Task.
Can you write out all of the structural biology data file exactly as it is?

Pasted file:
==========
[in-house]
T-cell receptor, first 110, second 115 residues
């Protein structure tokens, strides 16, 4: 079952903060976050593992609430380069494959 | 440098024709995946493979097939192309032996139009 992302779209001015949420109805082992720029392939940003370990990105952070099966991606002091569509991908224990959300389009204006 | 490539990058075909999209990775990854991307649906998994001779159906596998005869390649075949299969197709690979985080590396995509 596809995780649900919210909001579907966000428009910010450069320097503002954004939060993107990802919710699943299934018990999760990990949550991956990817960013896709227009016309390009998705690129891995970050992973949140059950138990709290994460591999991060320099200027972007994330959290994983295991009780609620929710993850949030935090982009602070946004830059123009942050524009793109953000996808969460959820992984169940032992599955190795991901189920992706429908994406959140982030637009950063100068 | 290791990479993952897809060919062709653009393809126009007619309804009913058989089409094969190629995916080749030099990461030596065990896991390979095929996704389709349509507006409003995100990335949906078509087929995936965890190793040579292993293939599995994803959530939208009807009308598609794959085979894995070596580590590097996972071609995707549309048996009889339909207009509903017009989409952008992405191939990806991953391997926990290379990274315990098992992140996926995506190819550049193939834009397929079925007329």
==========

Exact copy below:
[in-house]
T-cell receptor, first 110, second 115 residues
């Protein structure tokens, strides 16, 4: 079952903060976050593992609430380069494959 | 440098024709995946493979097939192309032996139009 992302779209001015949420109805082992720029392939940003370990990105952070099966991606002091569509991908224990959300389009204006 | 490539990058075909999209990775990854991307649906998994001779159906596998005869390649075949299969197709690979985080590396995509 596809995780649900919210909001579907966000428009910010450069320097503002954004939060993107990802919710699943299934018990999760990990949550991956990817960013896709227009016309390009998705690129891995970050992973949140059950138990709290994460591999991060320099200027972007994330959290994983295991009780609620929710993850949030935090982009602070946004830059123009942050524009793109953000996808969460959820992984169940032992599955190795991901189920992706429908994406959140982030637009950063100068 | 290791990479993952897809060919062709653009393809126009007619309804009913058989089409094969190629995916080749030099990461030596065990896991390979095929996704389709349509507006409003995100990335949906078509087929995936965890190793040579292993293939599995994803959530939208009807009308598609794959085979894995070596580590590097996972071609995707549309048996009889339909207009509903017009989409952008992405191939990806991953391997926990290379990274315990098992992140996926995506190819550049193939834009397929079925007329």